TUESDAY, March 15 (HealthDay News) -- Most U.S. states are poorly prepared to deal with a major nuclear plant crisis such as the one now unfolding in Japan, suggests a survey of state health departments.
The Council of State and Territorial Epidemiologists said that "38 (76 percent) of state health departments responded to the  survey, including 26 of the 31 states with nuclear power plants."
The findings were published online March 14 in a special supplemental issue of the journal Disaster Medicine and Public Health Preparedness.
"Specific strengths noted at the state level included that the majority of states had a written radiation response plan and most states include a detailed section for communication issues during a radiation emergency," the researchers wrote in their report.
However, most states that responded to the survey have completed little or no planning for public health surveillance to assess a major radiation emergency's effect on human health, Sharon M. Watkins, of the division of environmental health at the Florida Department of Health, and colleagues noted.
"Few reported having sufficient resources to do public health surveillance, radiation exposure assessment, laboratory functions and other capabilities," the researchers added.
"The results of this assessment indicate that in many measures of public health capacity and capability, the nation remains poorly prepared to respond adequately to a major radiation emergency incident," the team wrote.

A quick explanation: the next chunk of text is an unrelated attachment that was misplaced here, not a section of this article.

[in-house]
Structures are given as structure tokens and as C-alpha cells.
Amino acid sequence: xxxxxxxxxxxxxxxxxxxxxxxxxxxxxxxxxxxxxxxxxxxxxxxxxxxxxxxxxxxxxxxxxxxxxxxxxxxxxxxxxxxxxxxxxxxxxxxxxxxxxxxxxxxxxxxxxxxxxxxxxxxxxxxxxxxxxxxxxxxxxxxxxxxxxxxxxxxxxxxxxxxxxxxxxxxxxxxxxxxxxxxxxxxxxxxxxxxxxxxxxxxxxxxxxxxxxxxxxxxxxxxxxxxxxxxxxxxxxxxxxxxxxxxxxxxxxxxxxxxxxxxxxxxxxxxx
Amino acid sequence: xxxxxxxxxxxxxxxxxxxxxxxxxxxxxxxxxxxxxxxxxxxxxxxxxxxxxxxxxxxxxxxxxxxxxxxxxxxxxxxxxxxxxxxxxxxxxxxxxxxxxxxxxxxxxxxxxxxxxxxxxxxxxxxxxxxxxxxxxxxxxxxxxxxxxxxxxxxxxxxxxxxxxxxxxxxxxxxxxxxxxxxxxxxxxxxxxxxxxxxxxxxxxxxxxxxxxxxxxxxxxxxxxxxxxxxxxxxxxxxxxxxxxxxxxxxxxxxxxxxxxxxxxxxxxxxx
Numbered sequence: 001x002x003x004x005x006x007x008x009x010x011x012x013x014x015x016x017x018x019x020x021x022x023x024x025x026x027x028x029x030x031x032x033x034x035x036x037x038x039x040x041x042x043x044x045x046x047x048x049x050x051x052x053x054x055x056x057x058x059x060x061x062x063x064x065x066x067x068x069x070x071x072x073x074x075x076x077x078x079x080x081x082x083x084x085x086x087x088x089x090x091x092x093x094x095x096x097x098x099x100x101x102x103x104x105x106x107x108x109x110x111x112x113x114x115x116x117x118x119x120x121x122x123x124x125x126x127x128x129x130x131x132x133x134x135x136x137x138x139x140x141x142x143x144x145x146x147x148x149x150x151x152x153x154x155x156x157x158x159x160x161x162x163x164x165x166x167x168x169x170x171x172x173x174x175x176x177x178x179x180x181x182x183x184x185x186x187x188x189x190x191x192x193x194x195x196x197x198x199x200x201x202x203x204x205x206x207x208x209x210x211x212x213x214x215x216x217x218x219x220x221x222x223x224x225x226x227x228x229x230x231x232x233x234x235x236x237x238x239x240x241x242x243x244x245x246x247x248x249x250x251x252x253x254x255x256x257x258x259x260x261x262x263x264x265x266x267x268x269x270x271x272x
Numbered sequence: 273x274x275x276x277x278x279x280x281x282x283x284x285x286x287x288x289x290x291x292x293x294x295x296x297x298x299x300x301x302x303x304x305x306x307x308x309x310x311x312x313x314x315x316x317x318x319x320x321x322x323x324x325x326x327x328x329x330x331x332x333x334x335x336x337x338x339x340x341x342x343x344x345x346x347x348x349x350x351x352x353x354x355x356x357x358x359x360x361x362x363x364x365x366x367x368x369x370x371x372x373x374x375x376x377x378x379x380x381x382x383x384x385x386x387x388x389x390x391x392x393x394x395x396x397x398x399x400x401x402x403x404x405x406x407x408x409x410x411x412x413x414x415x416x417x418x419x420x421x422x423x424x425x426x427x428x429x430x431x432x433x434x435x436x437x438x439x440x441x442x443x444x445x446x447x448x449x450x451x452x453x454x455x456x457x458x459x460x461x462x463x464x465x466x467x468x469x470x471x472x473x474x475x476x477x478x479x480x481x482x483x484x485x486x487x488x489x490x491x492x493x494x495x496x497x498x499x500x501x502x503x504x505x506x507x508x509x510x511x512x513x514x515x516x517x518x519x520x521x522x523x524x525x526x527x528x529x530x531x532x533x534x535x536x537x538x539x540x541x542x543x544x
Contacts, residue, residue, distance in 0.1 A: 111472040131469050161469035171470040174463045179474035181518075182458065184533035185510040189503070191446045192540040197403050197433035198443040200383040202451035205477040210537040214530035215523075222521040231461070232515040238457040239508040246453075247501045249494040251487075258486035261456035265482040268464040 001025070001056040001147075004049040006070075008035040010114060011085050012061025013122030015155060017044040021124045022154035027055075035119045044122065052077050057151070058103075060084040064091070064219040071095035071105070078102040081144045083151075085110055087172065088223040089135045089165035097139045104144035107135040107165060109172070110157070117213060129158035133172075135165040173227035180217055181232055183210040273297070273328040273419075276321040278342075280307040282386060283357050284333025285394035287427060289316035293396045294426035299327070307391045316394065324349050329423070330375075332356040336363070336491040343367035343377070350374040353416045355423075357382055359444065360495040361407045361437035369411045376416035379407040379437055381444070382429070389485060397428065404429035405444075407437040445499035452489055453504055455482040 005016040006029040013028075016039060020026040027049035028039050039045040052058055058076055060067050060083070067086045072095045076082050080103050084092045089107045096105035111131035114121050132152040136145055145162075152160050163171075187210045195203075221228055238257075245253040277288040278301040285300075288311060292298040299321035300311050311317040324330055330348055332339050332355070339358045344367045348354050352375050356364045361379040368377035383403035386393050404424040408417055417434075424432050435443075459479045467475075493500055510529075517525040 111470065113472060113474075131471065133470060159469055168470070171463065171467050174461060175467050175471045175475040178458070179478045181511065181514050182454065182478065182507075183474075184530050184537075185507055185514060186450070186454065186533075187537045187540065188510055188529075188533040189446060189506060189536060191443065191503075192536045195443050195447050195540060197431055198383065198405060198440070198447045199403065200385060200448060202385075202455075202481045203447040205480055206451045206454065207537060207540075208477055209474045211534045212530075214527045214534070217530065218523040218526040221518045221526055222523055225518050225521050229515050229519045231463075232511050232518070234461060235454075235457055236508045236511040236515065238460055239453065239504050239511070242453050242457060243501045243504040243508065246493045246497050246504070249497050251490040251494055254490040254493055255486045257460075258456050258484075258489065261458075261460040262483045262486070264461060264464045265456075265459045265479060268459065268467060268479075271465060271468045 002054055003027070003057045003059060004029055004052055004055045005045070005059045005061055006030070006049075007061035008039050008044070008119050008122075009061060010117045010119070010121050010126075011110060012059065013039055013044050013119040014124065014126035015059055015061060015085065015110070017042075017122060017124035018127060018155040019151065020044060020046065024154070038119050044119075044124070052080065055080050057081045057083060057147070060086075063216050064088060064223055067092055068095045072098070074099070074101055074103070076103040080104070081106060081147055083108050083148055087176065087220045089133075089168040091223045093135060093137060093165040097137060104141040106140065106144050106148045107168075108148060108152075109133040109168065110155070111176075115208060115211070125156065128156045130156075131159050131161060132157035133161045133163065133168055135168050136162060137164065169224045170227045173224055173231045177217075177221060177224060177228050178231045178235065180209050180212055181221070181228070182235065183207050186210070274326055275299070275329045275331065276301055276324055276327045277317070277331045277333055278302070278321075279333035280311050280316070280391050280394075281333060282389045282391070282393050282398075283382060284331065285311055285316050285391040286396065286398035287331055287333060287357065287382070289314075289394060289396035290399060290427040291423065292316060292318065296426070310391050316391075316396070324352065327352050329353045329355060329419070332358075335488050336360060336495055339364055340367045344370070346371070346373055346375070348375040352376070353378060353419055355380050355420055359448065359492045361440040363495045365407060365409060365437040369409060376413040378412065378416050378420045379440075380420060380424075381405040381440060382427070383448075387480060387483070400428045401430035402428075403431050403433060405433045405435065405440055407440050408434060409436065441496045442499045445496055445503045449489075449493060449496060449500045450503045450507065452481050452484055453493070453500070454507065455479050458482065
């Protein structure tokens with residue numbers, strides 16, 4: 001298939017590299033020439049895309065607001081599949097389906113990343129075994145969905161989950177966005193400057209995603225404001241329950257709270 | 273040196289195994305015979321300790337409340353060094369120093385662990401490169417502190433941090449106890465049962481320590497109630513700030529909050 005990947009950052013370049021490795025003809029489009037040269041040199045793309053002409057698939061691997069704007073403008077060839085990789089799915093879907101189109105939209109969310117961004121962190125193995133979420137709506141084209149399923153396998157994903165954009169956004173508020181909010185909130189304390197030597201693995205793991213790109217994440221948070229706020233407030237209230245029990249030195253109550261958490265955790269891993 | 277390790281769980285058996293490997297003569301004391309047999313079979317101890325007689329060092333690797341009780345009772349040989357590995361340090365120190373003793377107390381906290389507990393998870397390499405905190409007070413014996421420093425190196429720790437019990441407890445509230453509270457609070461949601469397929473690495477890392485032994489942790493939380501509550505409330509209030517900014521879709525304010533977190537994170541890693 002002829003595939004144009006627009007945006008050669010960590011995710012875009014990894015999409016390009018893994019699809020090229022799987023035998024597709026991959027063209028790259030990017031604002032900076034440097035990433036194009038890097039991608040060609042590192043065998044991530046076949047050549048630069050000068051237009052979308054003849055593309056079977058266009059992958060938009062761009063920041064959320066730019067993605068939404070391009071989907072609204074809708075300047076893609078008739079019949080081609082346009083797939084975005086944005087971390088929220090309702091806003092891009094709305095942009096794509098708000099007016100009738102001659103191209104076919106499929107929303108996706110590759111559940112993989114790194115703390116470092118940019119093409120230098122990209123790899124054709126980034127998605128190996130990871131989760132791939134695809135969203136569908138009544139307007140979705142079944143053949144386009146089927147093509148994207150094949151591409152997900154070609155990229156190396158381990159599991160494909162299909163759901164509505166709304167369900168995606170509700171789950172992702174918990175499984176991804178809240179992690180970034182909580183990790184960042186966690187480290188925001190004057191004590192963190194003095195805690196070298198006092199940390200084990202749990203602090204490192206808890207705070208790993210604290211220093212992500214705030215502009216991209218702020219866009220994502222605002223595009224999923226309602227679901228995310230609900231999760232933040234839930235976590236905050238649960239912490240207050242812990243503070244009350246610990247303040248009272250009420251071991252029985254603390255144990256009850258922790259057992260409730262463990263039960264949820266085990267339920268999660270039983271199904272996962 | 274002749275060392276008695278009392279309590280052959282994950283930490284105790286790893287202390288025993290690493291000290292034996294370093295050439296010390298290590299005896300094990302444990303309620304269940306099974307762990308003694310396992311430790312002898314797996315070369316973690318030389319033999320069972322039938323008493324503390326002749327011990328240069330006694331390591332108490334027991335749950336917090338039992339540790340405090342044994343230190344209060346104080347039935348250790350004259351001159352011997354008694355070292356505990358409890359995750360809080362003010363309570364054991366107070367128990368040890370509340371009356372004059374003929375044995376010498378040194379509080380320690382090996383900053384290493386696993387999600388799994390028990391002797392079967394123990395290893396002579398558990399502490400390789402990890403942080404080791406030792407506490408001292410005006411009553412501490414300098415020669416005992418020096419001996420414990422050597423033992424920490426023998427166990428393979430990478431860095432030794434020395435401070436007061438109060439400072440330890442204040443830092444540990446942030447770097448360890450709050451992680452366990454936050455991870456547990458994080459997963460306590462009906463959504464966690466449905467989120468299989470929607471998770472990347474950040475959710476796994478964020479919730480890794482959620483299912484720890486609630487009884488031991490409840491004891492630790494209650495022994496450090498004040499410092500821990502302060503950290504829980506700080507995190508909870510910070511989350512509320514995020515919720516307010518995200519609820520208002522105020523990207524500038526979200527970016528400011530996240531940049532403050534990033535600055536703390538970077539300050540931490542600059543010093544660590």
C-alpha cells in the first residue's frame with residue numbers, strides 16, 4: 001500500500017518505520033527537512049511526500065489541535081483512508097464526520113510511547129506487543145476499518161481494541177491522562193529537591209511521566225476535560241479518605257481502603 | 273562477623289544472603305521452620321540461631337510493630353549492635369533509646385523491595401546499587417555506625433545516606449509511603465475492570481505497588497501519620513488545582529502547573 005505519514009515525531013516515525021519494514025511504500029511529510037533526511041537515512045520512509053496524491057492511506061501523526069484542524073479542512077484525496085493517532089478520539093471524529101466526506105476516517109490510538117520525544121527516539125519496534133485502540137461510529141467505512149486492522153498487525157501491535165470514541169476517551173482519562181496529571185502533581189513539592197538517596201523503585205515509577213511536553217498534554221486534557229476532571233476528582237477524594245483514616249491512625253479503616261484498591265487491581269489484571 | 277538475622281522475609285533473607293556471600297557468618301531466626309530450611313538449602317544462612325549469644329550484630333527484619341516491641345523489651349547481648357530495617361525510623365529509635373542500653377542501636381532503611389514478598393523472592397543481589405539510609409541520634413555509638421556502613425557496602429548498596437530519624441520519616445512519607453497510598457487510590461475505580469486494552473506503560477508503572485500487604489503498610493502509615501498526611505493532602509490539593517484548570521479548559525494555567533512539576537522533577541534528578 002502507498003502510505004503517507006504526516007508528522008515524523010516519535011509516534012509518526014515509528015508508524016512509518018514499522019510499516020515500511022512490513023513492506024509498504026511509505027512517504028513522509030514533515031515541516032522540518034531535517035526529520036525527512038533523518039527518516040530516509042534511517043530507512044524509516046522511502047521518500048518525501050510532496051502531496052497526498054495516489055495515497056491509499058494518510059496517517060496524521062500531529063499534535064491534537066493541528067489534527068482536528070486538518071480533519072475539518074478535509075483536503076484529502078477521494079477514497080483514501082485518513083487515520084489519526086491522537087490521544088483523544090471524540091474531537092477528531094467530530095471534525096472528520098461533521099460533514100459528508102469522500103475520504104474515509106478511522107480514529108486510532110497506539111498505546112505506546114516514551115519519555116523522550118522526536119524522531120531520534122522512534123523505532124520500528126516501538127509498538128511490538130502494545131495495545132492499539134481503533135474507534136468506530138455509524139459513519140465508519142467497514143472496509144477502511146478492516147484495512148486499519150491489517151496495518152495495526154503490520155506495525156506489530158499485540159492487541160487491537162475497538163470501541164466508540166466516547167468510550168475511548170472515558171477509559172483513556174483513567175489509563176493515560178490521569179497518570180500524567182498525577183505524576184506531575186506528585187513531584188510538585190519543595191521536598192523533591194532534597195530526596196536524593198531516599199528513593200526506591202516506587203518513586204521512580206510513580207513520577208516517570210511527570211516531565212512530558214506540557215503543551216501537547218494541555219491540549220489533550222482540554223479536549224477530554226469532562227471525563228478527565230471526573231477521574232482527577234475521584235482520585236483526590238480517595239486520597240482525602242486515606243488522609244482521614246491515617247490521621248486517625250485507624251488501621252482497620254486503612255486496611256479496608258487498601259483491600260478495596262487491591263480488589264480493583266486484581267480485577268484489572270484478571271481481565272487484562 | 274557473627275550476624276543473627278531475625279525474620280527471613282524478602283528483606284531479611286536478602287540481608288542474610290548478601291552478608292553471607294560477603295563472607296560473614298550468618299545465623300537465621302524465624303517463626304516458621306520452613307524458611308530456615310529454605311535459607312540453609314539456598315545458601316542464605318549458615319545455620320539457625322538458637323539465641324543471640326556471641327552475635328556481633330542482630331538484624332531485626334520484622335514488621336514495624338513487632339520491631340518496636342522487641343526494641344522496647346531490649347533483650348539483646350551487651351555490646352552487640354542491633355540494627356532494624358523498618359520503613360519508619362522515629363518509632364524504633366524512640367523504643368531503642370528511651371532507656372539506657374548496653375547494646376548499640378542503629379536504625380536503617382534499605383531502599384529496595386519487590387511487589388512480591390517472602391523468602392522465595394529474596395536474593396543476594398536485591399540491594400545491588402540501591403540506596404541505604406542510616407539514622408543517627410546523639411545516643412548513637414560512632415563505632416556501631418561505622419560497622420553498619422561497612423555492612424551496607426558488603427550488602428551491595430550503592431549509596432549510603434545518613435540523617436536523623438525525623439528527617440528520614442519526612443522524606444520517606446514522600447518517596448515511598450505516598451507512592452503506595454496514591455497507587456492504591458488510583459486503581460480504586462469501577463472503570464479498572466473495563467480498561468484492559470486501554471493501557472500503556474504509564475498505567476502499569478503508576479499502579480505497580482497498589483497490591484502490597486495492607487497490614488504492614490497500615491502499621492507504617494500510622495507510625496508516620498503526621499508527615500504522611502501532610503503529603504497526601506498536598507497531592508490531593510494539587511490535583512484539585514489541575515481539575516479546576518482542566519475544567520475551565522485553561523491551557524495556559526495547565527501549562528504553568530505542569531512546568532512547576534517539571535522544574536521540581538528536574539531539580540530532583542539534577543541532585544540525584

"The most fundamental step of preparedness, development of response plans [outside of response plans for nuclear power plant emergencies], was not reported as occurring in 45 percent of states," Watkins and colleagues stated.
"Without a comprehensive plan, states in which a radiation emergency occurs are likely to mount inefficient, ineffective, inappropriate or tardy responses that could result in [preventable] loss of life. With nearly half of the responding states not having a response plan, a large portion of the U.S. population is at increased risk should a radiological event occur within the country's borders," the authors concluded.
The study authors stressed that "additional training and resources are needed to ensure adequate levels of preparedness" at the state and federal levels.
The U.S. Environmental Protection Agency explains the health effects of radiation.
-- Robert Preidt
SOURCE: Disaster Medicine and Public Health Preparedness, news release, March 14, 2011
All rights reserved